At Bluecadet, we didn’t set out to do headless CMS development for its own sake. We were curious about it and could see the potential benefits, but we only ended up doing it when it solved specific problems we faced on two very different projects.
The first was a website for Haruki Murakami. We wanted to create as seamless an experience as possible, which meant experimenting with different animated transitions between sections on the site. We eventually settled on AngularJS to support those transitions, so the challenge was how to merge AngularJS with WordPress, the CMS we were using. There are a few themes that do this, but after some testing and much research we decided to use the JSON API plugin. The client got a familiar CMS to work with, but also a very tightly-orchestrated front-end layer that captured their creative vision for the project.
Why do I tell these stories? The key lesson for us was that a headless CMS helped solve a problem. We didn’t dive into headless CMSes because it was trendy, we did it because we needed to solve specific problems (in the first case an aesthetic/creative one, and in the second a data-management one). The other important outcome was that we could let each piece of the project do what it does best—by letting the CMS simply manage content, we could use better tools for rendering the presentation layer. We were also able to let our team members focus on what they did best: with the James Ensor touchscreen, our CMS developers were able to take care of the data management problem while our Cinder developers could focus on the touchscreen application.
Use your existing CMS#section2
So let’s say that you’ve got some very good reasons to go headless. Maybe you want to have control over the front-end markup and animation in a way that stretches past what your CMS’s theming layer can support. Perhaps you want cleaner separation of front-end and content-management tasks—it can be easier to staff multiple projects when the responsibility for building a site doesn’t require everyone to know both the front-end rendering layer in addition to the backend of the CMS. Or perhaps you’re not building a website at all. Maybe you’re building a native iOS or Android application, but you need a familiar, yet robust, way to provide data for it.
The good news is that your preferred CMS likely already has what you need. WordPress and Drupal both have modules and plugins to enable a RESTful API, which I’ve found to be the most straightforward way to provide data in a headless architecture. For WordPress there’s the aforementioned JSON API plugin, as well as WP-API (which is being developed with the goal of eventual inclusion in WordPress core). Drupal has the Services module and Services Views, which allows developers to turn Drupal output created with Views into API endpoints.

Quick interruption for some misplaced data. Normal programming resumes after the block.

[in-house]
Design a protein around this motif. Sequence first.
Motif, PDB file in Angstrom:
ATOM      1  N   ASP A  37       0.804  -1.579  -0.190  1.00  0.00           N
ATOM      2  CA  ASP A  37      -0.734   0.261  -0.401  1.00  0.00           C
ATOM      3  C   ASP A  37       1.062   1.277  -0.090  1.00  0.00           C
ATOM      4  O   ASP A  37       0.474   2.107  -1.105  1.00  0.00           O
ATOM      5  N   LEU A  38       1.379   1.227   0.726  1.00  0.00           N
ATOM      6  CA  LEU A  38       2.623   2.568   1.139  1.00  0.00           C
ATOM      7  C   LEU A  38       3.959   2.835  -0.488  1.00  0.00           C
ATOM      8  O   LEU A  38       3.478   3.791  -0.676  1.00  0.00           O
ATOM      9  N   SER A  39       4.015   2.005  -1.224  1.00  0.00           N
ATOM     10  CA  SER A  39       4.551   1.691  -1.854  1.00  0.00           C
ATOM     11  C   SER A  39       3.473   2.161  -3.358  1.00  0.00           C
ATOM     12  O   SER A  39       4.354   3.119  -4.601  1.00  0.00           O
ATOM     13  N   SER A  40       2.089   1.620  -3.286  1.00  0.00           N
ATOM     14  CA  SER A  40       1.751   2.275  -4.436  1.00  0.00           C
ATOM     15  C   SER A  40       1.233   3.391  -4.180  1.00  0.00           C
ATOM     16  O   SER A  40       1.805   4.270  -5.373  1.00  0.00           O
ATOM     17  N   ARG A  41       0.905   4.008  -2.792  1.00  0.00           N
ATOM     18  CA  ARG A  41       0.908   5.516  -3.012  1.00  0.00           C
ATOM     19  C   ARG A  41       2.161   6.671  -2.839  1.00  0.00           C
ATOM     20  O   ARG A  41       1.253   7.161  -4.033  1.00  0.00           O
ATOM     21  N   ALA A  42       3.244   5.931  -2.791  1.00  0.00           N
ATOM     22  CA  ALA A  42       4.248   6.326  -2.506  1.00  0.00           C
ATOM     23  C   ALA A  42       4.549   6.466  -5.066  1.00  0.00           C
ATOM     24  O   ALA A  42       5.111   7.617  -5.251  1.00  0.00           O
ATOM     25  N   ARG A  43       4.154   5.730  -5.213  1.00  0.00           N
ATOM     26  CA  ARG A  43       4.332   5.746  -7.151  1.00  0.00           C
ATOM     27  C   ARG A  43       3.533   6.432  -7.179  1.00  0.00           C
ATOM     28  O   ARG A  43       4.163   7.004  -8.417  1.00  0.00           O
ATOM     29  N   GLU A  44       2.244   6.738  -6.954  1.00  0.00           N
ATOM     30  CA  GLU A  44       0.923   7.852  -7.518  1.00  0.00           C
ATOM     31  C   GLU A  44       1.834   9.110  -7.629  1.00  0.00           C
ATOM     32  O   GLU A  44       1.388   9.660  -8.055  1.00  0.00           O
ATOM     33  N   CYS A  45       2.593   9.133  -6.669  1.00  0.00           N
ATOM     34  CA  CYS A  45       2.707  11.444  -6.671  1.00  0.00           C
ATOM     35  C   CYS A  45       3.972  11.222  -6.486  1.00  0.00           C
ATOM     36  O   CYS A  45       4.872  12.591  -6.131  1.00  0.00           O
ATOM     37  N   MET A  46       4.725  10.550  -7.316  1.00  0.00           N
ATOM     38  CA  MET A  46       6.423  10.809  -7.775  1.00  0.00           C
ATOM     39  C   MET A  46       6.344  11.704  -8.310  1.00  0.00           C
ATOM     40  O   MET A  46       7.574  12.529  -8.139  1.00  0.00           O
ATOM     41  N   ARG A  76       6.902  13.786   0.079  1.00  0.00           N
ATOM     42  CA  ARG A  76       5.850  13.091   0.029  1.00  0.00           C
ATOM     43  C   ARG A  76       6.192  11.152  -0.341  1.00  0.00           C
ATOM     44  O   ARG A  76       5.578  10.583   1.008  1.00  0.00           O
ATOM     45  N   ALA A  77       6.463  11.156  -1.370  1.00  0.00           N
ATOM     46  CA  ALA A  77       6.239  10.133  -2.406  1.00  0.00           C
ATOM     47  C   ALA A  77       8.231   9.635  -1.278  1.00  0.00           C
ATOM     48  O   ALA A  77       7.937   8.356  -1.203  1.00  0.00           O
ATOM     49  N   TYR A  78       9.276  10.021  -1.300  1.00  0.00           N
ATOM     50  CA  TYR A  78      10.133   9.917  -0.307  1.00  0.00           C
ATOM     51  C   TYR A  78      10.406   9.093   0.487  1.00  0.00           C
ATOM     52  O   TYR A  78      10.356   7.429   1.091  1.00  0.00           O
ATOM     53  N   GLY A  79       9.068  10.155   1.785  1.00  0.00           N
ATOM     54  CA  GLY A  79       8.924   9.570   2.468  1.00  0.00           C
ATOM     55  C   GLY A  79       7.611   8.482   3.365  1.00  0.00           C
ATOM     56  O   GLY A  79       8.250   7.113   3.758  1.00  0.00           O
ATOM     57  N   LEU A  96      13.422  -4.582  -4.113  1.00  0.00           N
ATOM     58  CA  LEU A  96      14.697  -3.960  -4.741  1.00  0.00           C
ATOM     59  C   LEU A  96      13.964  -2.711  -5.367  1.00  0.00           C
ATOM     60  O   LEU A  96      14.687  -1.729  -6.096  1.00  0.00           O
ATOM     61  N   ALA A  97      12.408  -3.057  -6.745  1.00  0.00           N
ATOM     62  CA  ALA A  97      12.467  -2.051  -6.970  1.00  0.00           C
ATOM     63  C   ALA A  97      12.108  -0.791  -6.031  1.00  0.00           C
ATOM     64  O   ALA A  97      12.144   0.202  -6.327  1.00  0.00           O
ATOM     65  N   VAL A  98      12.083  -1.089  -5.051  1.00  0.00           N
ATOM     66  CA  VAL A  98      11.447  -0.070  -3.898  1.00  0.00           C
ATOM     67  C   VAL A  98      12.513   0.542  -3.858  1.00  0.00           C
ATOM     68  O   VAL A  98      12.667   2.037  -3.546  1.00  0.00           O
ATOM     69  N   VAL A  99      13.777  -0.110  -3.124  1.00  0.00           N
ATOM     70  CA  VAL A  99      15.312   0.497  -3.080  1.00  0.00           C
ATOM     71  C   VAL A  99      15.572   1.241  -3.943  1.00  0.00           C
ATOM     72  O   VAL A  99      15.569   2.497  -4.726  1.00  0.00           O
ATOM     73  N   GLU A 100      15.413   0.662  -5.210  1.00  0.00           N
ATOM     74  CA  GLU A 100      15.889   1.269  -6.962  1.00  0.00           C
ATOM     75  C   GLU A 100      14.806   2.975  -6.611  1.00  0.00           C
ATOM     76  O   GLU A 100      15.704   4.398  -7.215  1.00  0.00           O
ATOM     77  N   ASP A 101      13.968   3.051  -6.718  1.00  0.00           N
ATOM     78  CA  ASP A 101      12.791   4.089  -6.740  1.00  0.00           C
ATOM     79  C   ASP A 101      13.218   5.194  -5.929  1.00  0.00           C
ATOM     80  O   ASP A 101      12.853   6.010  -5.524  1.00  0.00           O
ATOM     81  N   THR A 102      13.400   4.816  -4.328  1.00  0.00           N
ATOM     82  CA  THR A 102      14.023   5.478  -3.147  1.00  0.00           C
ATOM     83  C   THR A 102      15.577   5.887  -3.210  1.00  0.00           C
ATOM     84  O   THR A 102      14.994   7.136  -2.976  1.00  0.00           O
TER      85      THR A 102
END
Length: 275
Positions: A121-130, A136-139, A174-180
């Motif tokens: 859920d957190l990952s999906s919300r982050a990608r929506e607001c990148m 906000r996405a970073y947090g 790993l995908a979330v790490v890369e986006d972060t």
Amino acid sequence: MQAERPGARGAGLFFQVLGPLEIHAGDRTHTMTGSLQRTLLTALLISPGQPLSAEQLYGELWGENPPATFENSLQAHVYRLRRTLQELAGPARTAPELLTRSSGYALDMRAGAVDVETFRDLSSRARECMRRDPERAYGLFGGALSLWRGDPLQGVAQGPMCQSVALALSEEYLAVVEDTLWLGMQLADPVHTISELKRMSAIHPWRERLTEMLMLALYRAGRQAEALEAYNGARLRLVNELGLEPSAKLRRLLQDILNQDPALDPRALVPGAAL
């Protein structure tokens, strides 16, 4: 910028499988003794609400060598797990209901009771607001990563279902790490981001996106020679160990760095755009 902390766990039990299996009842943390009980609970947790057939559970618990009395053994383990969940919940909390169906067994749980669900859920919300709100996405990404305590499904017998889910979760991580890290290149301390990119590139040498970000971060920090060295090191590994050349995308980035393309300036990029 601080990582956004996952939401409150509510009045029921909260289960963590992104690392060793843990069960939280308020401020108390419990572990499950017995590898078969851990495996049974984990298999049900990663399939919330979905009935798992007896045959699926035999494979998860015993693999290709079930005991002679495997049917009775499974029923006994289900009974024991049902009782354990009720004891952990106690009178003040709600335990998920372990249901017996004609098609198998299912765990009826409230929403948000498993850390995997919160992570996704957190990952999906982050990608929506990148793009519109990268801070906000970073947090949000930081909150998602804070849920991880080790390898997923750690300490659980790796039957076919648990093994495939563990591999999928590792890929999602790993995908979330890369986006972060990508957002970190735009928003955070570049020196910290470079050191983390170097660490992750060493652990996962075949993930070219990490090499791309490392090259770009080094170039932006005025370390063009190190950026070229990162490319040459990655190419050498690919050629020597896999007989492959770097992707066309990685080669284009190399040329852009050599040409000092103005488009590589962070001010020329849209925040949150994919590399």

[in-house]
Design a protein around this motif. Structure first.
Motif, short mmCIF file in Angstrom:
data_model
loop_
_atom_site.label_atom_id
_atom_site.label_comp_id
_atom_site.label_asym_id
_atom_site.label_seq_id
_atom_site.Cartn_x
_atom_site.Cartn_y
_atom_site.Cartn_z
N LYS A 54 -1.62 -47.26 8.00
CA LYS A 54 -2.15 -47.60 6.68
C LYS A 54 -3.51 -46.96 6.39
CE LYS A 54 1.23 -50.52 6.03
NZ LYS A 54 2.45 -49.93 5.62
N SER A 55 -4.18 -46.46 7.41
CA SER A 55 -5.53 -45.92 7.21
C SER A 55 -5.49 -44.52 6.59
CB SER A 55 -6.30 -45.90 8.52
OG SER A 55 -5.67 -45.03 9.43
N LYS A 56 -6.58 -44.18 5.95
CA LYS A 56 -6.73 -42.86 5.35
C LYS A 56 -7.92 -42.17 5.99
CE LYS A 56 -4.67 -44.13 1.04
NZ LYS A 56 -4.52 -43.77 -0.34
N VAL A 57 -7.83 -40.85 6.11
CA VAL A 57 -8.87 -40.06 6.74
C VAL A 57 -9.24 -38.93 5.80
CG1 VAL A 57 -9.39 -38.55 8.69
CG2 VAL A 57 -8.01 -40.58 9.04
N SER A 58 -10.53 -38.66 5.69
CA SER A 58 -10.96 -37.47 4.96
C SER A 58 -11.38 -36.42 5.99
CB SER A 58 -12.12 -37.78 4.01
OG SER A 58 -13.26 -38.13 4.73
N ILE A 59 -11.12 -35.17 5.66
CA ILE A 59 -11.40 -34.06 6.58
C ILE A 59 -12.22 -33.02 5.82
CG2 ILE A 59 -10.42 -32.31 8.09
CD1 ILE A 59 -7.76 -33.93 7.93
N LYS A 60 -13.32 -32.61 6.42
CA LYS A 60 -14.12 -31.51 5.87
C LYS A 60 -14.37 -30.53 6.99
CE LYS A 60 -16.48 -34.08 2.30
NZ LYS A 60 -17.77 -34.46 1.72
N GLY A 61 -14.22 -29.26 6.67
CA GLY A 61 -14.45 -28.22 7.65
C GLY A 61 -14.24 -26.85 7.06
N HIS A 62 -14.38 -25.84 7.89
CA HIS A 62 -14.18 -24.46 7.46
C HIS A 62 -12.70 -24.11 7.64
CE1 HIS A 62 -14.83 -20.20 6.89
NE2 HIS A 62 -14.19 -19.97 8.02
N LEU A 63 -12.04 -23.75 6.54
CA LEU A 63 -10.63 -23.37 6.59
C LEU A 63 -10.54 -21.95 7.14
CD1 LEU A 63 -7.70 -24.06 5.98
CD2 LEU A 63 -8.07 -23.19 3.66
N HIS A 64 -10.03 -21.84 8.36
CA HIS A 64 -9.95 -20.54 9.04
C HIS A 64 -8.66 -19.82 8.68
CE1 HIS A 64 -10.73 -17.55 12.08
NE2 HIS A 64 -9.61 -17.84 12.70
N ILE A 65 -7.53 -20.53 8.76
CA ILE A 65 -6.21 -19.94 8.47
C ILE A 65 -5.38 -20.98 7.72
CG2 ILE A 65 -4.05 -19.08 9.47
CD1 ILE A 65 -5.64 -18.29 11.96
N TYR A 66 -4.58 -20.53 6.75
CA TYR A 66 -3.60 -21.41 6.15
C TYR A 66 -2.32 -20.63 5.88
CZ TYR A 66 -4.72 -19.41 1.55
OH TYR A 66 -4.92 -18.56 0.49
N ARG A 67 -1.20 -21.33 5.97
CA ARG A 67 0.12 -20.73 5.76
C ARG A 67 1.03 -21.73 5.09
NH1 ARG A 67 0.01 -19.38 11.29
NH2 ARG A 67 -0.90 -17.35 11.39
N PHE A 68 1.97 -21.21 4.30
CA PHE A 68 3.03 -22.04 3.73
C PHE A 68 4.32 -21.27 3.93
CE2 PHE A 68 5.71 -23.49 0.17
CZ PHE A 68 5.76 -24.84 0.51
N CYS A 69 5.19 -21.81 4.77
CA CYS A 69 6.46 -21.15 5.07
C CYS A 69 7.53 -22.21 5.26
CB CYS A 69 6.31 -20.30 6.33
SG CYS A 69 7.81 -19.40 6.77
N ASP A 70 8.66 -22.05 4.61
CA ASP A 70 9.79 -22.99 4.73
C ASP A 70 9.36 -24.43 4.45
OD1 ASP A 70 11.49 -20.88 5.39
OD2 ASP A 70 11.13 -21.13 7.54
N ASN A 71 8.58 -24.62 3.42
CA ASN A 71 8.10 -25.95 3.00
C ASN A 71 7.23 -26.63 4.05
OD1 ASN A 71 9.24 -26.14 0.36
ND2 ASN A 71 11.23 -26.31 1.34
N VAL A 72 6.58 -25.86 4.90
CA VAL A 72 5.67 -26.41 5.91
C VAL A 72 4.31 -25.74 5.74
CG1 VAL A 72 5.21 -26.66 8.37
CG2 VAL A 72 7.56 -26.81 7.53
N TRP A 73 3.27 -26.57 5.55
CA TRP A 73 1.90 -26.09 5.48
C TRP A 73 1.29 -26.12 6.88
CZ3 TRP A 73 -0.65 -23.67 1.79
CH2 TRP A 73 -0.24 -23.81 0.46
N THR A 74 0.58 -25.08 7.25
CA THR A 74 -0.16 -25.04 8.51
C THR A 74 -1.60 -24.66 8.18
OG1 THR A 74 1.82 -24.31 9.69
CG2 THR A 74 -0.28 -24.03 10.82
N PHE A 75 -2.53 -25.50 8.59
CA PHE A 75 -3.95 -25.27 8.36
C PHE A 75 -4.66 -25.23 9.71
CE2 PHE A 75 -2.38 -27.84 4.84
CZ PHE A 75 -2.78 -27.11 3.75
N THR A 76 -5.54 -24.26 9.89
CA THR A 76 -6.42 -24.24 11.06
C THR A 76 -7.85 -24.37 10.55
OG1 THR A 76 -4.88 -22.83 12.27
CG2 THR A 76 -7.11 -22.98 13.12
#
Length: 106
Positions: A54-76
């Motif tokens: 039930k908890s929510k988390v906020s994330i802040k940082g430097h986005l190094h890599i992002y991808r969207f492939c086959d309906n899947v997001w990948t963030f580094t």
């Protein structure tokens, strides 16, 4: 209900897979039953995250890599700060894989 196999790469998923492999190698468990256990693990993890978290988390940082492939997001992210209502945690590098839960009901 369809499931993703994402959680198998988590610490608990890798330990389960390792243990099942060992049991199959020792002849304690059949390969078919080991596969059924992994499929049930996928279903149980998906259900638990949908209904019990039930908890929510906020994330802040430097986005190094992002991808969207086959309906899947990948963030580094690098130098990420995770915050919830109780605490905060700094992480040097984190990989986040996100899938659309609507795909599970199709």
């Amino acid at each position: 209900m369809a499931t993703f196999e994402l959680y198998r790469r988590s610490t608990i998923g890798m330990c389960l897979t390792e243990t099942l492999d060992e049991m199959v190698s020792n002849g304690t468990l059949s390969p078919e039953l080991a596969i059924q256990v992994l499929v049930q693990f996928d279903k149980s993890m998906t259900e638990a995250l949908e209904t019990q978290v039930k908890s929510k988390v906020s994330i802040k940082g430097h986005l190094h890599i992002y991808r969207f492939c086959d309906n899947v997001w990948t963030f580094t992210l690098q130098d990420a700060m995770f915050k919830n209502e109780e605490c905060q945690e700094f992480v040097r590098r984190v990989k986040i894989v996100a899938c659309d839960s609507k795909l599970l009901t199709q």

One to many (even if it’s just one)#section3
So far, the examples I’ve described are headless with a one-to-one relationship between the CMS and the front-end rendering application. A useful thing resulted from our work on those applications, however: my teammates and I started to decouple our expectations on the CMS side as well. For all the talk of dividing content from presentation, it’s still absurdly easy to build assumptions into your CMS for a single form of delivery. You start out knowing that the CMS will be used for a website, so everything from the order of the fields to the name of your fields is influenced by the form that it will take on the site. But what if your CMS later needs to support different products besides that initial website? This is something that Jeff Eaton and others on the ALA on Air panel addressed quite well, by drawing a distinction between the intertwined content management and web publishing responsibilities of most CMSes.
I’ve found that having to build CMSes that serve many individual products has made me focus more on flexibility. So even if I’m building something that is only being used for a website right now, in the back of my mind I’m wondering what would be required if we had to support a native iOS or Android application using the same CMS. I’ve started thinking of these as nearly-headless (or headless-ready) CMSes.
That relates back to one of the key tenets of the web: separating content from presentation. It’s why we have CSS separate from our markup, and rely on class hooks so that we can style things in ways that do not affect the semantics of the content.
Right now I’m at the very beginning of a CMS project that has to serve multiple products: multiple different touchscreen applications, iOS/Android apps, and a responsive website. If we hadn’t had the initial experience creating headless CMSes for those individual product types, we’d be nervous. But right now we’ve got confidence that we’ve done all of the separate pieces before, even if we’ve never tried to do everything using one CMS.
This is less an issue for native mobile applications, because those are always going to be separate from the CMS anyway. Still, simply having multiple software systems can be tricky, because each piece comes with its own assumptions and opinions on how things can/should be done. It also means that your team’s expertise has to cover different codebases. (Although that’s potentially an upside, if your team already has that expertise in both camps.)
My litmus test is pretty simple: does going headless with the CMS solve a key problem, and is it enough to outweigh the complexity added to the project?
Try it out#section5